If you’re a Tumblr user – like, an avid Tumblr user – you’ve probably noticed that some of the blogging website’s most popular posts aren’t actually… good.
They’re called shitposts and people love them.
What’s a shitpost, you might ask?
According to KnowYourMeme.com (yes, that’s a real and surprisingly helpful website), shitposting is “an Internet slang term describing a range of user misbehaviors and rhetoric on forums and message boards that are intended to derail a conversation off-topic.”
A Tumblr shitpost, however, takes that same form of misbehavior – words or ideas that are out of place or make zero sense – and turns it into a short blog post that gets circulated around the website at lightning speed.
The TL;DR definition of a shitpost is this: It’s so stupid, but makes you laugh so hard, to the point that you probably feel angry.
Why are shitposts so popular?
Because the Internet is a place for weird stuff, that’s why. But for real: Perhaps we can point to the popularity of purposefully bizarre Twitter bots (such as @Horse_ebooks, may it rest in peace) for this specific type of shitty content.
Known for its absurd, nonsensical tweets (see below), Horse ebooks was everybody’s favorite Twitter account until its abrupt departure.
Okay, so Twitter bots gave people a glimpse of shitposts. But when did this taste for extreme absurdity transfer over to Tumblr?
Two words: hte spagheti.
This, right here, might be the original shitpost. Maybe not the first, but definitely the one that spread like wildfire, inspiring a whole new wave of nonsensical posting among Tumblr users that’s far beyond dumb. It’s absurd.
Does the original poster really have a memory of their mom coming home and making spaghetti, then breaking out in an excited boogie? Probably not. But is it still funny, purely because it’s so strange? Definitely.
What differentiates a shitpost from a regular dumb post?
Lucky for us, some Tumblr users have put serious thought into this.
A regular dumb post, at the end of the day, actually has a clever, intentional joke underneath it all. Take this, for example:
This post combines two things that are funny on their own: Goofy’s voice, and the immensely popular “why you always lying” Vine that became a hit after Taylor Swift claimed Kanye West’s 2004 album The College Dropout was the first album she ever bought when she was 12. (She was 12 in 2002.)
The idea of Goofy singing this little clip is funny, and we understand why it’s funny. Case closed.
A shitpost, however, is so incoherent that it almost makes you angry about the fact that you find it funny.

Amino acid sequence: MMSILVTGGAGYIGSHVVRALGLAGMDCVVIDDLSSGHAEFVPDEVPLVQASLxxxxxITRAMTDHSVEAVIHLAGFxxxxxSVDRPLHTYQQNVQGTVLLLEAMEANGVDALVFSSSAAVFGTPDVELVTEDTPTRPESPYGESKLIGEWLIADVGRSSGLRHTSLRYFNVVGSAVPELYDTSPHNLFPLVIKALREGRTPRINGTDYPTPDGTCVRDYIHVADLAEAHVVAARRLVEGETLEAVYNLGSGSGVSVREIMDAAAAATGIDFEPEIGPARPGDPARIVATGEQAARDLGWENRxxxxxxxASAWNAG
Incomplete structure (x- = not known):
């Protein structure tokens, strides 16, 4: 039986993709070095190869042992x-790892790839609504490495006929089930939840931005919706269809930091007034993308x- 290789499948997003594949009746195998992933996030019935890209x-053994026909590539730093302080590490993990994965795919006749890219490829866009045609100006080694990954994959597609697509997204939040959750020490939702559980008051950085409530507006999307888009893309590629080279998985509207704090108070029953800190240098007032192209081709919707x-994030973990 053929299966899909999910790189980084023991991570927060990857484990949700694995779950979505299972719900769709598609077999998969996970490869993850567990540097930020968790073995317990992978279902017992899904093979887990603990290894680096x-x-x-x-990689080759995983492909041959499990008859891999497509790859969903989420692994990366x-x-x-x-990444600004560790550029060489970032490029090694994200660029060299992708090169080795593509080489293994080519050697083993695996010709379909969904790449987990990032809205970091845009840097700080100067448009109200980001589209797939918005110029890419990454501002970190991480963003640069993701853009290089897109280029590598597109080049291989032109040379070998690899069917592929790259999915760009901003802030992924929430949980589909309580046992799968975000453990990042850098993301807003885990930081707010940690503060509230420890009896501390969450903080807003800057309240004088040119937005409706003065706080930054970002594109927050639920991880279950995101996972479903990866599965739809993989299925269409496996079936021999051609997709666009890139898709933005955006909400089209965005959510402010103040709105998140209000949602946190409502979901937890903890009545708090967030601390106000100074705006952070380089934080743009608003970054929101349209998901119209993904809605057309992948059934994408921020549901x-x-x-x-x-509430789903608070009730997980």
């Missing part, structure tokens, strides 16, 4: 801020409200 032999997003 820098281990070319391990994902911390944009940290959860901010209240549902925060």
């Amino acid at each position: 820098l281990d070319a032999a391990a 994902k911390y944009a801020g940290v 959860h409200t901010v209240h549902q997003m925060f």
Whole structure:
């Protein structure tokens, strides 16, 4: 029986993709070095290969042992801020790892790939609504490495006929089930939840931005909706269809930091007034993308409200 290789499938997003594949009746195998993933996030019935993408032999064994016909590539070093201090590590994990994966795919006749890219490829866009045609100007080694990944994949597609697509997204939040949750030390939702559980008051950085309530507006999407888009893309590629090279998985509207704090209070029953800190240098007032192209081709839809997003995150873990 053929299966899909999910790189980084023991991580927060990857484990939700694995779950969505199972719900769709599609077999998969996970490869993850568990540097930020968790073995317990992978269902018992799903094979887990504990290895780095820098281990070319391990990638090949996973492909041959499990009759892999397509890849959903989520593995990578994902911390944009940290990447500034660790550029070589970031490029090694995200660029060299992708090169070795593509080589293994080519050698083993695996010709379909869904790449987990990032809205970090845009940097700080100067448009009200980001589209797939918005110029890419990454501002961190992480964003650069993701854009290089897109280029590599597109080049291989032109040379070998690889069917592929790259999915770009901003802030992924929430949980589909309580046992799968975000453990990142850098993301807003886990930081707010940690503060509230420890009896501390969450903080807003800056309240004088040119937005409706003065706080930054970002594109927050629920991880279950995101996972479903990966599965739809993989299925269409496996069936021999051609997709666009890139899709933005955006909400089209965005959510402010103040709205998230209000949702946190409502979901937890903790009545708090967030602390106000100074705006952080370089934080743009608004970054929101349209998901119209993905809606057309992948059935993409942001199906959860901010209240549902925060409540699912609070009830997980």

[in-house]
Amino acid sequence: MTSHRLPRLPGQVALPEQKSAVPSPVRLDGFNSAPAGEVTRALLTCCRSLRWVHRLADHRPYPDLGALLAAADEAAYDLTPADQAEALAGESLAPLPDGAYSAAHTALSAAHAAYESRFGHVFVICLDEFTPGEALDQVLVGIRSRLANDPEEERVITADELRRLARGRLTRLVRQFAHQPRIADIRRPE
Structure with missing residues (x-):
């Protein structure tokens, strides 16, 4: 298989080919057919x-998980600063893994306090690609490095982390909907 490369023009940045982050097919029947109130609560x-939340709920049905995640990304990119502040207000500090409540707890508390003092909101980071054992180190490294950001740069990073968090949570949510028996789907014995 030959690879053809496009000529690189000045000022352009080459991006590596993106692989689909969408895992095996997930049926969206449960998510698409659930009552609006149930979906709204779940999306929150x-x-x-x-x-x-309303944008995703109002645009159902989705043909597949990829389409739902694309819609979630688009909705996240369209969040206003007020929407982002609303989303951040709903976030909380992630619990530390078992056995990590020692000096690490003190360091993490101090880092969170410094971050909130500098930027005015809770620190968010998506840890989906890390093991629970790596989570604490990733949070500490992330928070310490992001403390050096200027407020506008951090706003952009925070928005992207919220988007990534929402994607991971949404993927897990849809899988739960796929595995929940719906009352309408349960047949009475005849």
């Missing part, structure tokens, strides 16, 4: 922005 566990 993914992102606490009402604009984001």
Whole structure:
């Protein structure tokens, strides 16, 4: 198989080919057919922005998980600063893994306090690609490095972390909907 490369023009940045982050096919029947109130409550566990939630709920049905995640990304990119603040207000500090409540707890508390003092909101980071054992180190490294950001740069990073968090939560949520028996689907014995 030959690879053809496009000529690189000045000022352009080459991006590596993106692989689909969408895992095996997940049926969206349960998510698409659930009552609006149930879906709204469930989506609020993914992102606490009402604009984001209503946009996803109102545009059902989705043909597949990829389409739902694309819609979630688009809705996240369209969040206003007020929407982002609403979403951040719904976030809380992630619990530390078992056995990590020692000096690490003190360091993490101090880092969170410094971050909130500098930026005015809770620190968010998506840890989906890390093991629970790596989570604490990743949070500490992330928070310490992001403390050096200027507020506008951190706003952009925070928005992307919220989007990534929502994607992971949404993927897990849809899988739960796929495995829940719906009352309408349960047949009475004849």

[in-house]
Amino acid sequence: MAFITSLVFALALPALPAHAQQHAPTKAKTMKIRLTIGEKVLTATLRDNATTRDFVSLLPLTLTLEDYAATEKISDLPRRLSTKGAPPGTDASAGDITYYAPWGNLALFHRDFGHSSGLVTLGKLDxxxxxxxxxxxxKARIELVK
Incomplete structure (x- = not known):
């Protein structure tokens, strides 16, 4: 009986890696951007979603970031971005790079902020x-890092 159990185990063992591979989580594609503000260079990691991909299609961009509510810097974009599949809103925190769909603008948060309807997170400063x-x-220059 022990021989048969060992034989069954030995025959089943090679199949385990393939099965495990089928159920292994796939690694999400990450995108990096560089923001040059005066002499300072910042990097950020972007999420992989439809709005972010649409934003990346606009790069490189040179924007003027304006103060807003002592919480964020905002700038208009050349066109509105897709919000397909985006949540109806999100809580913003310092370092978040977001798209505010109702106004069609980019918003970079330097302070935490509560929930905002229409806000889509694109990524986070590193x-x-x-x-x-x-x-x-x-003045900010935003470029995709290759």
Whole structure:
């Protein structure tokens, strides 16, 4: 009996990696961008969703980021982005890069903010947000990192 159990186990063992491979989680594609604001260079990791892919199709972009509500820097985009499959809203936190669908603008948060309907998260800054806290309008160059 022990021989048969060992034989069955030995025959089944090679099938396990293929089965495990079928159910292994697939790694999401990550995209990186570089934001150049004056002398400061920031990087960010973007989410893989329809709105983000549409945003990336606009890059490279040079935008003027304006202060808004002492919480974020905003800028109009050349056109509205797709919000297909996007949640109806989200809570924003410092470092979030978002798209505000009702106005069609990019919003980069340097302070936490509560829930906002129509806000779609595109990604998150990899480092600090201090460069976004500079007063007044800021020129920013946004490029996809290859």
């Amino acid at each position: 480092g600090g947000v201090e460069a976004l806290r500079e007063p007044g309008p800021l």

What might you find in a shitpost?
Here’s a quick rundown of the different types of shitposts you’ll often find on Tumblr:
- The Group Effort
Because sometimes, it’s that second contribution that really brings out the shittiness.
Way to change the original poster’s mind, basicallybeesus!
The first part of this post easily could’ve stayed in dumb post territory. The addition from the second user, however, packages up the deal. That misspelling = classic shitpost.
- The “What on Earth Compelled You to Post This”
At what point did you think that this was some advice you needed to share with the Internet today?
Don’t ask questions, oboebandgeek99. Just don’t.
- The “I’m Not Even Going to Try to Understand”
Oh? Okay then.
- The Last Thing You Were Expecting
Sometimes, shitposts take an unexpected turn.
Are you angry yet?
Bonus: Shitpost Generator
This real Tumblr blog, described as a “JAVA program who’s [sic] purpose is to churn out the worst posts imaginable,” cranks out shitposts all day long, because some human told it to.
If you insist.
What do we have to gain from paying attention to this dumb stuff?
Glad you asked. Besides being shitty, here’s what all these posts have in common: The amount of notes. Look at them. That’s probably more engagement than most brands get in a week.
It’s no secret that brands are often caught up in the question of how to engage with millennials, but I’m not about to suggest that every brand overhaul their digital strategy in favor of shitposting. (Please don’t do that.)
The lesson, however, is that the best way to capture the attention of young people is to surprise them with something they’ve never seen before.
One brand that’s done a remarkably good job with this is Denny’s. Yes, really. Denny’s isn’t necessarily an institution you’d associate with the brunch-Instagramming generation that we call millennials. But millennials love a good social media phenomenon, and boy, was this a phenomenon.
People love weird Denny’s tweets:
And they rack up just as much engagement on Tumblr:
When weird Denny’s tweets first started to circulate, their social media team had everyone’s attention, and they managed to keep it. Posts like these garner enthusiasm because they stand out among more generic, predictable forms of messaging. People don’t necessarily remember the content of a shitpost, but they remember when a certain brand’s unexpectedly entertaining social media strategy provides them with a good laugh.
Of course, this type of messaging doesn’t fit every brand’s style. That’s cool. For the sake of fluency in Internet trends, though, it’s at least a good idea to pay attention to posts like these, and to try to identify what makes them a hit.
In the meantime, don’t post the same week-old meme every other brand is tweeting about this week. Do something a little out of the blue, and you might just be surprised with the results.
Have a favorite shitpost? Share it in the comments below, and we’ll be grateful for the laugh.